Ode to a Chicago Public School | Community | Chicago Reader

Ode to a Chicago Public School 

The lessons learned in CPS go beyond what’s taught in the classroom.

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click to enlarge RACHEL HAWLEY
  • rachel hawley

Much is written bemoaning public schools. Flagging test scores, worries over college acceptance, and constant battles over funding make the pervasive tone around public schools one of concern at best, disdain at worst. Especially now, as the COVID-19 pandemic rages on making further remote education necessary, schooling feels uncertain and fragile, like a dream of a distant past. Despite these challenges, I believe there are real, tangible gifts that a public school education delivers. Most everything I pride myself on as an adult was planted or nurtured in a Chicago Public School. I can say without a doubt that it was the seven years I spent in CPS schools that taught me joy, resilience, tenacity, and compassion.

At my sixth-grade dance I learned that it doesn't matter if you are good at dancing; it only matters that you try. In the contrived dark of the Language Arts classroom where we usually went over reading comprehension questions, Daddy Yankee's "Gasolina" thumped over borrowed speakers as a crowd of 11-year-olds writhed gracelessly. Sure, there were some girls who took dance classes who flitted beautifully in and out of the crowd, and of course there were boys who seemed to still feel the echo of break dancing, but mostly it was a mass of frenetic energy pouring off of preteen bodies in the decidedly unromantic dusk of 6 PM in Chicago. Even I, a nerd of the highest order, then bespectacled, braced, and bowl-cut-banged, threw caution to the wind and thrashed around, dancing alongside peers who on school days usually ignored me. The lesson of the middle school CPS dance was one of participation, of enthusiasm, of not taking yourself too seriously. Whatever you do, even if you look stupid doing it, you have to at least try.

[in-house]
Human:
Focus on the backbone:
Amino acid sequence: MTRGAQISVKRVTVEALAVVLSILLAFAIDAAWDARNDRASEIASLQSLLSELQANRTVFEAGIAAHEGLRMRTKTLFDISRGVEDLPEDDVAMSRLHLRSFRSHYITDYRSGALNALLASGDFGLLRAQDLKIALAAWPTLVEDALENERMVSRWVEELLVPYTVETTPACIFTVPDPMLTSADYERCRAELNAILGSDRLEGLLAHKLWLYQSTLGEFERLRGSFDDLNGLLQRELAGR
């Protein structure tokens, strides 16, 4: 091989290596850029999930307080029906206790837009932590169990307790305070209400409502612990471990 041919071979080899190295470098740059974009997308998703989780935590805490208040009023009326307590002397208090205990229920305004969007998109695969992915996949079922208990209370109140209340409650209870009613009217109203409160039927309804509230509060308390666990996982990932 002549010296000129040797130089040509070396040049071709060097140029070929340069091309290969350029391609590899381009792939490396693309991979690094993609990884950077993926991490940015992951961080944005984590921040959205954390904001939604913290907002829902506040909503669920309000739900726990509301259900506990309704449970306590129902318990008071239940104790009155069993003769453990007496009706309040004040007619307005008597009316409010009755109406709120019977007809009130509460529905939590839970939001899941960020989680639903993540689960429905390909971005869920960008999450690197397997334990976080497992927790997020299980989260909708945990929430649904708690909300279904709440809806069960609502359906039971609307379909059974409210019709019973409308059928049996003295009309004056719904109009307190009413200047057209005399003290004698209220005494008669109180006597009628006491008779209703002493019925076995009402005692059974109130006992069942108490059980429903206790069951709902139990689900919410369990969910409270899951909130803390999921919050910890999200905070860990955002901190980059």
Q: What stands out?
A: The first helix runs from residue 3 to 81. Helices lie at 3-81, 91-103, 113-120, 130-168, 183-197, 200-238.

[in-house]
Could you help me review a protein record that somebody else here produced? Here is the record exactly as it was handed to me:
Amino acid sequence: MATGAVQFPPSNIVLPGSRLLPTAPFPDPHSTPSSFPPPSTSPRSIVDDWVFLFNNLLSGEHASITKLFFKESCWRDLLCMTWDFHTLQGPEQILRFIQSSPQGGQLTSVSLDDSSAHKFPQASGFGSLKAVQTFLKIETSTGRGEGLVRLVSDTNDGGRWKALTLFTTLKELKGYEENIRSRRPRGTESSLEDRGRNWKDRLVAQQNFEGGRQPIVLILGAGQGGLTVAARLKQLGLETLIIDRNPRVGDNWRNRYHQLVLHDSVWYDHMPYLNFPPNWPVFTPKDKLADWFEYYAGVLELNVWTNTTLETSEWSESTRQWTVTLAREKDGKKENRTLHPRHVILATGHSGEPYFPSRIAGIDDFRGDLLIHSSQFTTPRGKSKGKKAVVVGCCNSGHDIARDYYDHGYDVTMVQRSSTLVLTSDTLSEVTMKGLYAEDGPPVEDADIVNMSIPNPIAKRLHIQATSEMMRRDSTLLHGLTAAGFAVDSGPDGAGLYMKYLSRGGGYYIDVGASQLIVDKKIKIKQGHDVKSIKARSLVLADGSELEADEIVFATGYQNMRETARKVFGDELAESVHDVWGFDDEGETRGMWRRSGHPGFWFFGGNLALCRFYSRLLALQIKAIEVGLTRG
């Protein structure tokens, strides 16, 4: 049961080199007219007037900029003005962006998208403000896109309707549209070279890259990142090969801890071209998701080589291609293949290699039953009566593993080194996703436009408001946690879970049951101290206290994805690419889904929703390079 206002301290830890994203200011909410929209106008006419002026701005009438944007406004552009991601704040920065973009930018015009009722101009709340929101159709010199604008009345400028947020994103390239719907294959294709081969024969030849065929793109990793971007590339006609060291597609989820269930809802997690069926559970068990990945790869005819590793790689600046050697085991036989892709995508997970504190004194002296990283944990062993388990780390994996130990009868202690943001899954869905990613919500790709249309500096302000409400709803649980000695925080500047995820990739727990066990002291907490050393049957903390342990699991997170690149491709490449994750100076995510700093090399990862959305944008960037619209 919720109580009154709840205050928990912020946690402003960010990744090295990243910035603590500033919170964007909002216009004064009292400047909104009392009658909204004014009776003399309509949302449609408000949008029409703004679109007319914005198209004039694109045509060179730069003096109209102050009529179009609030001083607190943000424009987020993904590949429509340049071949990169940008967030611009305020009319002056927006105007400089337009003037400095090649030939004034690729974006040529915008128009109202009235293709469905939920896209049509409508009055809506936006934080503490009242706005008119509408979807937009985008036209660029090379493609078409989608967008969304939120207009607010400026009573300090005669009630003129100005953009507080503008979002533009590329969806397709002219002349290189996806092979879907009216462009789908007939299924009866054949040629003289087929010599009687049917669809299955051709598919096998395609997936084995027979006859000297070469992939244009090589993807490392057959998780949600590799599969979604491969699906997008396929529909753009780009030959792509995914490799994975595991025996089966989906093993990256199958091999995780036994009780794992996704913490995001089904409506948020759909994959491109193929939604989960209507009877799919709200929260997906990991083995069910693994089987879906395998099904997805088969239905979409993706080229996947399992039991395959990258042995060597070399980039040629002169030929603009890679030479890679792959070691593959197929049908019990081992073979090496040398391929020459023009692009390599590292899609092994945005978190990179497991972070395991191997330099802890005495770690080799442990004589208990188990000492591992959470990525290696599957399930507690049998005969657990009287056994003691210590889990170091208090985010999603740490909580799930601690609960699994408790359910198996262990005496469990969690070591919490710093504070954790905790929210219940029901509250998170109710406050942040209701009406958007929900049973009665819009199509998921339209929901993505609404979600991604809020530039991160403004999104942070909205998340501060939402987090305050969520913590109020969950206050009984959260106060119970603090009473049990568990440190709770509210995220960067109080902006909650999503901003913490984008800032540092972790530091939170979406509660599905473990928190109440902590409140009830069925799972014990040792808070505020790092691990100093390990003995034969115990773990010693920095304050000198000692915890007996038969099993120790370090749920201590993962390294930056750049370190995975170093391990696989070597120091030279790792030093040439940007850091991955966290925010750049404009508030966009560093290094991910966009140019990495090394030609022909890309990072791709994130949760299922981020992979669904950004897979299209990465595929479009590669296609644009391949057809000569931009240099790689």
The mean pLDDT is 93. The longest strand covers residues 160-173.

As a crossing guard I learned that community is a wide-reaching thing. For the hour or so I spent every morning and afternoon wearing a bright yellow sash, it did not matter if those I helped were people I knew, or my peers. I held my arms out and stood while students, parents, and strangers walking their dogs crossed the street. It didn't matter if it was snowing or raining, cold or hot, I had to stand there because I said I would, because I had committed to the community that I would be there. Being a crossing guard instilled in me the sense that Mary Gage Peterson Elementary School extended beyond its four walls, that a school's commitments were not only to its students but to the neighborhood it inhabited. Looking back, most of the adults I helped cross the sidewalk probably did not need my assistance. Still, that action taught me responsibility, of doing things even if they were boring or seemingly irrelevant to me, because there was a larger network of people to whom I was held accountable.